Thursday, July 5, 2012

Quebec veteran still at work

On  a July 1 weekend trip to Quebec I was pleased to see a veteran tug once again. The annual maintenanace dredging at Rivière-du-Loup was well underway with the dredge Océan Basque 2 and the  small tugs Océan Uannaq* and Océan Nigiq handling a pair of dump scows. Lashed to the dredge was the tug Service Boat No.2 ex Weymontachingue, built back in 1934 by Canadian Vickers Ltd  in Montreal.
Ordered by the Shawinigan Engineering Co, along with sister tug R.F.Grant they were 65 footers, of 90 gross tons, and were for use on the St-Maurice River in log towing operations, with ownership passing to the St-Maurice Boom & Driving Co Ltd of Trois-Rivières.
(Weymontachingue is the name of a First NatIons reserve on the upper reaches of the St-Maurice River, north of La Tuque-
In the 19xxs Three Rivers Boatmen bought the pair and rebuilt them for use on the St.Lawrence. With new deckhouses, they measured 74 gross tons. Weymontachingue was renamed Service Boat No.2 but R.F.Grant retained it name. Three Rivers Boatmen operated the pilotage and tug service in Trois-Rivières, and serviced the nearby anchorages with boatman services.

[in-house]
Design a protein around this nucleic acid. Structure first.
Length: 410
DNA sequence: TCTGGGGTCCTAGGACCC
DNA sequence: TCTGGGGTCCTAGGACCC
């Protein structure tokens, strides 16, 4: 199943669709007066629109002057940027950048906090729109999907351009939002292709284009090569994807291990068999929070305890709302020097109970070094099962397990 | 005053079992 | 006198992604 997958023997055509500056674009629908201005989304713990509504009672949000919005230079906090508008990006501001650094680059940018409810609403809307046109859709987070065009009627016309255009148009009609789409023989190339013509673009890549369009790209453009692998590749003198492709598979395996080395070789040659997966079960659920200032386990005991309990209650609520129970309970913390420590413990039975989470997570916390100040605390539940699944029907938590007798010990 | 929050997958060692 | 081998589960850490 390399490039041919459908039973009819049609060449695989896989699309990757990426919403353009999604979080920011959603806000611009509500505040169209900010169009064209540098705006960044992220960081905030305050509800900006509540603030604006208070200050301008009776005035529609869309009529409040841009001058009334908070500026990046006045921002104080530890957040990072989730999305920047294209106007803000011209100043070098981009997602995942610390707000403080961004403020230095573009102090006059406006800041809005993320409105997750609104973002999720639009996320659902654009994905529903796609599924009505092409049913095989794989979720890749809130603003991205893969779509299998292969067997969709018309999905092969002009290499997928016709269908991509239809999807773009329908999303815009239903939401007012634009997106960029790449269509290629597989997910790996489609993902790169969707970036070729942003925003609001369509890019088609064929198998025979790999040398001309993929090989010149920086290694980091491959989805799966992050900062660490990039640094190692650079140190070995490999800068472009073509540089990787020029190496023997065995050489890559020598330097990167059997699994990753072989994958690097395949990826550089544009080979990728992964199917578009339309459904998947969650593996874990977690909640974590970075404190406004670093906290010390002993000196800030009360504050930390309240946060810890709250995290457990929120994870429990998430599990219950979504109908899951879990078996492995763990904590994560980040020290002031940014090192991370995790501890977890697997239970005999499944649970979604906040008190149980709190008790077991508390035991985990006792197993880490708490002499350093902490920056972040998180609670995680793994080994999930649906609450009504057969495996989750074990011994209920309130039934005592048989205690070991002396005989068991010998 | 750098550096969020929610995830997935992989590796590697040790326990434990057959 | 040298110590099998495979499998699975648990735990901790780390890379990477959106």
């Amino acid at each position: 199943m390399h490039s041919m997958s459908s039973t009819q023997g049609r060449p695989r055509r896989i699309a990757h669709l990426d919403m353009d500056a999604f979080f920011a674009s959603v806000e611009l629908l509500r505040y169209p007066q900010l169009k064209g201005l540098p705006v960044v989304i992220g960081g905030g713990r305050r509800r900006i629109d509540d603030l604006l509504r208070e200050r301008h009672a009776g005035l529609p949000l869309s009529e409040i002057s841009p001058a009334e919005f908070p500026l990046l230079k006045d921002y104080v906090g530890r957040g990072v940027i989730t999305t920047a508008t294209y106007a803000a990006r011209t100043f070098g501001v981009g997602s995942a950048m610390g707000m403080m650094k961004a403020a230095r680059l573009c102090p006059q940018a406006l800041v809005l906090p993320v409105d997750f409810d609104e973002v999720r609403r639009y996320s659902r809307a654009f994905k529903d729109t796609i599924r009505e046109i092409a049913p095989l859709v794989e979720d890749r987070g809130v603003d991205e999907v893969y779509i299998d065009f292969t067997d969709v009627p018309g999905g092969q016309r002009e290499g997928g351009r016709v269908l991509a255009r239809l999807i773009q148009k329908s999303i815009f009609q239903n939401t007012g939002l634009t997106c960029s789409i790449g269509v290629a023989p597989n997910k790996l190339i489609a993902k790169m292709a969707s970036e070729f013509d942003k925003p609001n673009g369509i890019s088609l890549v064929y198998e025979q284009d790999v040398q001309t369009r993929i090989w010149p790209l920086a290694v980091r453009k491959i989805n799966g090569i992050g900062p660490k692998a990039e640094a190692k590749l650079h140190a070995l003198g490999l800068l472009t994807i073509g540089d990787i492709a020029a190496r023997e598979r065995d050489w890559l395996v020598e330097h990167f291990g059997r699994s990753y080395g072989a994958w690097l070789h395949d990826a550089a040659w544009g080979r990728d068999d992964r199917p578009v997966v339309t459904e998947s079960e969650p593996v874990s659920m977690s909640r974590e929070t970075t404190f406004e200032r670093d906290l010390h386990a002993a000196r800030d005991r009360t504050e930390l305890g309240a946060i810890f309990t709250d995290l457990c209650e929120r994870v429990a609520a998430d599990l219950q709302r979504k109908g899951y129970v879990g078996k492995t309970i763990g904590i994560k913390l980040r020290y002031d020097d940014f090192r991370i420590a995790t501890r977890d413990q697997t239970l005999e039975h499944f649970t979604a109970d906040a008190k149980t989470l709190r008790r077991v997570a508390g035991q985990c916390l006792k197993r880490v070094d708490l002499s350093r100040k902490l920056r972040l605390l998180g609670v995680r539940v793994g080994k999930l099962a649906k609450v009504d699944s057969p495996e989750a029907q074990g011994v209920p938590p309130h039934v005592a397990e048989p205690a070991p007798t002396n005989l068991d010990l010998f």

When Three Rivers Boatmen acquired Sam Vézina Inc., providers of pilotage and boatman service in Quebec City, Service Boat No.2 went there. Eventually Groupe Océan bought Three Rivers Boatmen and Vézina. When acquired Dragage St-Maurice the tug was assigned to support dredging operations and marine construction. R.F.Grant seems to spend all its time in the Beauharnois area, above the power dam, but Service Boat No.2 travels the waters of the St.Lawrence.
The two modern tugs Océan Uannaq* and Océan Nigiq were built in 2008 by Industrie Océan at Ile-aux-Coudres and were initially used for barge lightering at the Baffinland iron  mine project in the arctic. They ferried the first test loads of ore out to waiting ships. Since that project has been on hold, the tugs have been lashed up to dump barges. At 770 bhp and twin screw they are more than up to the job.
Most Océan tugs are now owned by Location Océan Inc., and leased or chartered to the various Océan divisions for work.

1. Dredging silty sand is an annual requirement at Rivière-du-Loup. Océan Basque 2 has been the dredge for the last few years.
2. This year the tug Service Boat No.2 is lashed to the dredge for the frequent moves required to work around the ferry slip.
3. Some of the tug's riveted construction is still visible around the bulwarks aft.
4. The tugs Océan Oannaq and Océan Nigiq are connected to the dump barges, but do not compensate for the barges' draft. The tug is on an even keel when the barge is loaded. 
5. When the barge is empty, the tugs are well up at the bow, but still appear to perform well, even in choppy conditions. Rivière-du-Loup is totally exposed to westerly winds, with a fetch of well over 20 miles to the nearest land in that direction, explaining the heavy silt build up.  



  1. It's Ocean Uannaq.
    Uannaq is Inuk for North West wind and Nigik is Inuk for South east wind.

  2. More (text and photos) about the «Weymontachingue»...